Ladies Recruiting Advice from Katie Rhodes of Colgate

We had a chance to catch up with Coach Rhodes of Colgate University, a strong liberal arts school in Hamilton, NY. Coach Katie Rhodes is entering her first season as assistant coach for the Colgate women’s lacrosse program. This year she begins her career at Colgate after two years at the University of Detroit Mercy as an assistant coach. She coached Detroit’s goalie to Atlantic Sun Defensive Player of the Year where the goalie was second in the nation in saves and sixth in the saves per game in 2012. She also helped the Detroit Mercy Titans make it to their first conference championship that year with a record of 3-1. With five first team selections, three second team, and a freshmen making the all-rookie team Coach Rhodes helped the Titans improve their record substantially from a 3-15 record to an 8-9 in 2012, which was a program record for wins in a season. We’ll hear from Coach Rhodes about what this Division I coach looks for when she is recruiting and how you can best position yourself as a player in search of a college.

1. What advice do you have for players interested in Division I schools?

Be sure to contact coaches yourself, don’t have your parents, it shows you are proactive and mature. It is also okay to have your club coaches reach out as well. When visiting campus, make sure you set up times to meet with coaches, don’t just show up unannounced. If you show up unannounced, you run the risk of the coach being in meetings, going over film amongst many other things and needless to say, not available to meet with you. Also before visiting, know what the school stands for academically, socially and financially before you visit, the lacrosse team may be a great fit for you, but the course-load and cost of the school may not. You should want to be at the school regardless of lacrosse.

2. What is the best way for players to get on your recruiting radar?

E-mail coaches with all your athletic and academic information, highlight video with club and high school team footage, tournament schedule, and why you are interested in Colgate, not just Colgate lacrosse. We like to see footage of player’s club and high school teams because it allows us to see how players perform on different teams. In that footage, we want to see the entire play, don’t just show fifteen clips of you scoring on the run, allow for us to see the play develop, your off-ball movement, even if you lose the ball or get beaten, we want to see how you react after that or how you recover. Be specific with your tournament schedule and include your jersey number for each team, what time you are playing, and what field if you have that information. Our camps and clinics are also huge for us because we get to meet you face-to-face, have you hang out with the team and get to know you a little more.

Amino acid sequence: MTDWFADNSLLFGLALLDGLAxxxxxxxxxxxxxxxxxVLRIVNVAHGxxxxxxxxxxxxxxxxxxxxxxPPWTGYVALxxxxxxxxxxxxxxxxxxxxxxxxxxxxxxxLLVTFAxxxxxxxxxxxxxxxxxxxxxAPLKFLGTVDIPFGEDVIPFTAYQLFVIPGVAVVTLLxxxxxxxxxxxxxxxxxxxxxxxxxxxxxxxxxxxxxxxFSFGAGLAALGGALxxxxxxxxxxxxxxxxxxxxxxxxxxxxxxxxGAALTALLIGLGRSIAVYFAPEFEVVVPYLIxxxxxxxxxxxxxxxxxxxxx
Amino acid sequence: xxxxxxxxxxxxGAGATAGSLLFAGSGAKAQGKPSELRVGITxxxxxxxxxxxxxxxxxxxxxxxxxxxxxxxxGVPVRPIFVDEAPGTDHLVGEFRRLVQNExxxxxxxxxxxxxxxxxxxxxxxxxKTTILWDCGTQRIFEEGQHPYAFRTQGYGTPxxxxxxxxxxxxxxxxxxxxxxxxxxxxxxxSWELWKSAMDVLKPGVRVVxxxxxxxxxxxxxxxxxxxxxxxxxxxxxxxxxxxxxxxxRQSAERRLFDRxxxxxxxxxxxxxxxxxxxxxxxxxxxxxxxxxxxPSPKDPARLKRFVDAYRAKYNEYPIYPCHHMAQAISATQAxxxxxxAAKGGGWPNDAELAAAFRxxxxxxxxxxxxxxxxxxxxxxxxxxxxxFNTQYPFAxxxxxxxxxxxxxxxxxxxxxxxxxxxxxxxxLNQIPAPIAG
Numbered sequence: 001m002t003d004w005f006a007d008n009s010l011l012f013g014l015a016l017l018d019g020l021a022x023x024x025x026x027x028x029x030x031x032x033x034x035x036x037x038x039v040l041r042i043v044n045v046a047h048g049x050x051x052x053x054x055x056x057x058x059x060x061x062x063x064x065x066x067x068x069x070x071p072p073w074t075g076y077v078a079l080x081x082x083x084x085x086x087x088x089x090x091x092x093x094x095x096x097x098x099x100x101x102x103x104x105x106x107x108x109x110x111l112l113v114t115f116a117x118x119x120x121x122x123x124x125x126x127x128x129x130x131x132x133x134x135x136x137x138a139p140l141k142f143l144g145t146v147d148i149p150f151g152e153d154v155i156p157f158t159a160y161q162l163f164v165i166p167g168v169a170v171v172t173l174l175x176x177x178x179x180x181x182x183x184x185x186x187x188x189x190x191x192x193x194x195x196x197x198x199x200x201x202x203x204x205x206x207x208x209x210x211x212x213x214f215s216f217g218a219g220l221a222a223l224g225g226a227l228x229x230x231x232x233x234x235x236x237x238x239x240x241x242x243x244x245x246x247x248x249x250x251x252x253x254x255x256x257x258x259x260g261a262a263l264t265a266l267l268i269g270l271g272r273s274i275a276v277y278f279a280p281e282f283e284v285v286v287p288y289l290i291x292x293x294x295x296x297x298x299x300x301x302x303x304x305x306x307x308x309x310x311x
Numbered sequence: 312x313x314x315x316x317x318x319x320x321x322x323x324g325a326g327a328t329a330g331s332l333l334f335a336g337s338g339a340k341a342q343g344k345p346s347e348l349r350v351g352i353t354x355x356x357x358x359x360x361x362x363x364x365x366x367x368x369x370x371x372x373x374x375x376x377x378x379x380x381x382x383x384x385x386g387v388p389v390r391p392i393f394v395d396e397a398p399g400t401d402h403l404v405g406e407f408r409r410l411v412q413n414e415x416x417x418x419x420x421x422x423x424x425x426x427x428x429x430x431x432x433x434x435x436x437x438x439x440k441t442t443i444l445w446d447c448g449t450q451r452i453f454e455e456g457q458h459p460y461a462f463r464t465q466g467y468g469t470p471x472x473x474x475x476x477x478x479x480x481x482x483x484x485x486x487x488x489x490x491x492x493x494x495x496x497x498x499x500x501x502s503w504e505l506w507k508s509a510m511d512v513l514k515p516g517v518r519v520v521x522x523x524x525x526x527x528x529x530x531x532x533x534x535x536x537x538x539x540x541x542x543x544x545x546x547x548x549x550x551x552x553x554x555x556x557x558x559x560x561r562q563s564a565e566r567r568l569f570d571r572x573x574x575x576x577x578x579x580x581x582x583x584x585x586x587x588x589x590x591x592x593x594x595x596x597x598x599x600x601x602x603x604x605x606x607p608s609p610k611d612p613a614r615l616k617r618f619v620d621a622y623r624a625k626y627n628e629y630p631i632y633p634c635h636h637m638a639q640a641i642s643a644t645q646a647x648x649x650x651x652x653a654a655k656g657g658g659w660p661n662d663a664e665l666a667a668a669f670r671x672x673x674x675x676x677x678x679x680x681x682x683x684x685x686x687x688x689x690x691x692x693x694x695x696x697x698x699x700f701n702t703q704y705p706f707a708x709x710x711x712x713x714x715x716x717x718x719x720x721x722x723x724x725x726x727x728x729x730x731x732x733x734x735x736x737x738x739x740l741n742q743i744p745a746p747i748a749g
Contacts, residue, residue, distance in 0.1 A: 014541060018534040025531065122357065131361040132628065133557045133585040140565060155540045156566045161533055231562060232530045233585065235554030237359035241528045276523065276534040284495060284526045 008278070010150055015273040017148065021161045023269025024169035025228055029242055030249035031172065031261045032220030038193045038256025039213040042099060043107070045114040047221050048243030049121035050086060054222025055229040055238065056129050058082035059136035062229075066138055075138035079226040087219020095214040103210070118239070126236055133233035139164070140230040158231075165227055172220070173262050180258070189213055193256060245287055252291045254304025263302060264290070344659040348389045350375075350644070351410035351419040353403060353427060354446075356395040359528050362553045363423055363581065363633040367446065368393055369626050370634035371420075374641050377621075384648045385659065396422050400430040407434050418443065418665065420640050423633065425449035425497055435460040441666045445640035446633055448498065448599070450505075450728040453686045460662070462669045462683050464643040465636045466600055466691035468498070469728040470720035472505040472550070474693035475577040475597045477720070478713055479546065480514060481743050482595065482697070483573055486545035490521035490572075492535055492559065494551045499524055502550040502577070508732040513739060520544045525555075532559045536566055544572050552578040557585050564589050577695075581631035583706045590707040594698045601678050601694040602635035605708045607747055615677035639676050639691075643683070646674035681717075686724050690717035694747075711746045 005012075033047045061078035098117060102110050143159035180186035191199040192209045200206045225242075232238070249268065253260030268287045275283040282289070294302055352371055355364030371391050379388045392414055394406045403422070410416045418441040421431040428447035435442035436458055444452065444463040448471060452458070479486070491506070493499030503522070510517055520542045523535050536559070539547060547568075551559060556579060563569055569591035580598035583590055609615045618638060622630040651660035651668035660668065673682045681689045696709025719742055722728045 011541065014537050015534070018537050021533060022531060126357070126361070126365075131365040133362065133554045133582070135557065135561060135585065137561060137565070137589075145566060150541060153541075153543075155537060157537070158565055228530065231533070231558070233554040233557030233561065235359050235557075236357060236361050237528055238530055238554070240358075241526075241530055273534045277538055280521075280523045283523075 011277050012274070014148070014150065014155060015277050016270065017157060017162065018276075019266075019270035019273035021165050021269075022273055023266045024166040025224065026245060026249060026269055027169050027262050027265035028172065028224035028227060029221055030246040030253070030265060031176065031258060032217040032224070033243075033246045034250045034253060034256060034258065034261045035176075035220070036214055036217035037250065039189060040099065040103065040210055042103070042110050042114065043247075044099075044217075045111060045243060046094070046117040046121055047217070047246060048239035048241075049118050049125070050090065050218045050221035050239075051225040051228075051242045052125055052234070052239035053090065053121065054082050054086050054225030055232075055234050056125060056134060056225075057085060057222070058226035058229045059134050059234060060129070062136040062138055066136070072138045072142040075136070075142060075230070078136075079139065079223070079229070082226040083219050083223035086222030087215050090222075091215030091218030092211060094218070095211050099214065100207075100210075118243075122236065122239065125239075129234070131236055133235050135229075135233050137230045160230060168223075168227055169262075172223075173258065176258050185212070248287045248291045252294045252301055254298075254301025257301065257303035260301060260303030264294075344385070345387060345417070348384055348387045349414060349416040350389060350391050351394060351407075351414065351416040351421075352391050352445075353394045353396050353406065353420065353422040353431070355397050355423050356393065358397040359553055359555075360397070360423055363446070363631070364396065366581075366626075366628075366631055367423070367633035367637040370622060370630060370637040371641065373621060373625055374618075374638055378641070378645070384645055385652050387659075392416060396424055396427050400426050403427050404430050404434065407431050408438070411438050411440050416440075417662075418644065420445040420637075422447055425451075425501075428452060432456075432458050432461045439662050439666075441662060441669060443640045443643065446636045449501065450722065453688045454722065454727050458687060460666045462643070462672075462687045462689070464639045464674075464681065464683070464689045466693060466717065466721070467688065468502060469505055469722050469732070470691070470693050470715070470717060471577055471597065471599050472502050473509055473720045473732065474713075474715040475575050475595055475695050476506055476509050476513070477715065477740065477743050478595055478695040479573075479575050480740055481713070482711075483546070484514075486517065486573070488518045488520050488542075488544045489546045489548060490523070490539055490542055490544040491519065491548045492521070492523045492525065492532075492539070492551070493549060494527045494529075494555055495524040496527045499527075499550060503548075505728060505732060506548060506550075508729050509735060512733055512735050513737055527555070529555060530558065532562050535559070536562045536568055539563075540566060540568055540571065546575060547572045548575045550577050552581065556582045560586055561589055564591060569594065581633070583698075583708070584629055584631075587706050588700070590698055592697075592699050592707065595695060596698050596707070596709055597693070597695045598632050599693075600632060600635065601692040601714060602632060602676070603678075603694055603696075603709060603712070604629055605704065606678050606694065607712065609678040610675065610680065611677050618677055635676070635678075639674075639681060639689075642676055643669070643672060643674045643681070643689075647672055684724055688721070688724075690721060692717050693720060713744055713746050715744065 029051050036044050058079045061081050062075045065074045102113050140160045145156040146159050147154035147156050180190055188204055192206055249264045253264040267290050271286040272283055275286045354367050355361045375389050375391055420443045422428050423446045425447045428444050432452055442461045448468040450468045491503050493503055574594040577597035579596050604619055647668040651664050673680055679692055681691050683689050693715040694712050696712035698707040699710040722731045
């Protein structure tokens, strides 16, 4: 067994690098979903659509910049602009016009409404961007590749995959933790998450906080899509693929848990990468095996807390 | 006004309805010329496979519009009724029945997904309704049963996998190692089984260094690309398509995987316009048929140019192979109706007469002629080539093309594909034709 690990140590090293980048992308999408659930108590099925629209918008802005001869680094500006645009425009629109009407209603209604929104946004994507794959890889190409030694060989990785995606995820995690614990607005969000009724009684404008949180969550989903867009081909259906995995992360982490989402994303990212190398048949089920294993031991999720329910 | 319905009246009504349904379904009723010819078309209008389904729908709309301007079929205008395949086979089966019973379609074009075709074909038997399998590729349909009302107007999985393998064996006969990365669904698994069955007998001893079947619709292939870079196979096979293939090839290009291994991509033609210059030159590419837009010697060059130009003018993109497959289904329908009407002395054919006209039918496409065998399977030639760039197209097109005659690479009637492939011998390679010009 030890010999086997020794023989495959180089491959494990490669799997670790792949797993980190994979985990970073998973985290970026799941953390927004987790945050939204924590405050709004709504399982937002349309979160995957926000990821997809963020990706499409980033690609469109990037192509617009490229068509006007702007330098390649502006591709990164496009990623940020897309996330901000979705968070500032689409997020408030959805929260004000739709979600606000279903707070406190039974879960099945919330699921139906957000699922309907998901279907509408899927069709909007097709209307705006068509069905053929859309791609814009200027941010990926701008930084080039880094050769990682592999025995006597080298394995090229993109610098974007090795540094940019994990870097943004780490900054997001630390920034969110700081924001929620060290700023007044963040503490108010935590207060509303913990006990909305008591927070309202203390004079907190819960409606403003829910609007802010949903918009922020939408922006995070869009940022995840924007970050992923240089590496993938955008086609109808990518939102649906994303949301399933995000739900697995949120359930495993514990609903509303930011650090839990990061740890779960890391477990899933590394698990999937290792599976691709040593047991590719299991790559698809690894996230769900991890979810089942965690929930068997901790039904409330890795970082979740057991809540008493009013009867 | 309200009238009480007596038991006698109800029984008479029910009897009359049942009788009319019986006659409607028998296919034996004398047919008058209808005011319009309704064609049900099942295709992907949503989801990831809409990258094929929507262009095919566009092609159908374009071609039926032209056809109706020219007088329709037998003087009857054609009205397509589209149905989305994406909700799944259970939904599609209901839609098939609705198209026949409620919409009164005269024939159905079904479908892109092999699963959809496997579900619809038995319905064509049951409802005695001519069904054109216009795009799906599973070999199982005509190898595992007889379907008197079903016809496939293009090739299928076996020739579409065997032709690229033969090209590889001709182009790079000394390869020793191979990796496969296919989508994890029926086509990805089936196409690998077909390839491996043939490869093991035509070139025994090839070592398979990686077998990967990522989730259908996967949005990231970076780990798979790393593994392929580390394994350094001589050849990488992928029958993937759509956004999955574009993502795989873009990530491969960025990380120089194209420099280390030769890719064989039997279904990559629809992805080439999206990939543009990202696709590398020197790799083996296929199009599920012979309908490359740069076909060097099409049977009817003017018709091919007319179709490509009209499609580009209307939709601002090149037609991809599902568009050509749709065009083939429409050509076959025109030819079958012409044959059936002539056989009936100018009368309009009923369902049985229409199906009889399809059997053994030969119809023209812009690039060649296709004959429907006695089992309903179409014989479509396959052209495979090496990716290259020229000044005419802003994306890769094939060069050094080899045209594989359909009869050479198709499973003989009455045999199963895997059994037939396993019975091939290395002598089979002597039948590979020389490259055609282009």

3. What type of player’s do you primarily look for, a raw athlete or refined lacrosse player?

It’s about a 60 / 40 mix of raw athleticism to talent. You can’t teach heart, hustle, athleticism and a killer instinct, but you can teach lacrosse fundamentals. There is always a learning curve when entering DI, so a player must be sharp and able to adjust. To put it simply, we recruit versatility.


4. What areas of player development would you recommend players to focus on?

There are four things every player should focus on:

1. Stick skills – You can get on a wall anywhere – 20 minutes on a wall everyday will make a big difference in your ball handling

2. Speed and field sense – Play as much as you can – Keep playing other sports, there are a lot of transferrable skills and knowledge (vision, playing with different athletes)

3. Stay in shape – Do strength and conditioning workouts so you aren’t shellshocked when you get to college. DI players have strength and conditioning, weights and practice all in a row on the same day

4. Don’t burn out – Again, play other sports and keep lacrosse fun

5. How has the accelerated recruiting landscape impacted your approach to recruiting?

Right now we are going with it because we have to keep up with everyone else, but hoping for a change. We see talented players at a young age right now, but it is difficult to foresee what they will develop into. We don’t want to pressure a young player into a decision because it is so early, especially given how academically strict it is to get into Colgate. As I mentioned earlier, we want to make sure the player likes the school for the school and that they aren’t committing just because their friends are all committing to schools or because they want to be a part of our lacrosse program.

6. What are your do’s and don’ts, likes and dislikes of recruiting videos?

Put your name, the team you play on in the video and your jersey number for that team. Don’t show just your best highlights, show as much of yourself as you can in the video. For example, if you’re a goalie, show us saves in the cage, out of the cage, clears, behind the cage play or for a defenseman, caused turnovers and transition to the offense. Again, we want to see the play develop and how you react to different situations.

ConnectLAX is a third party recruiting service and not affiliated with or endorsed by Colgate University or Katie Rhodes.

Born and raised in Auburn, New York; Nick spent his childhood with a lacrosse stick in hand. Nick was a D1 midfielder at Fairfield University in Connecticut. Nick has been in New York City for 5 years and is in pursuit of his dream of growing the sport of lacrosse so it receives the recognition, following and continued growth it deserves.

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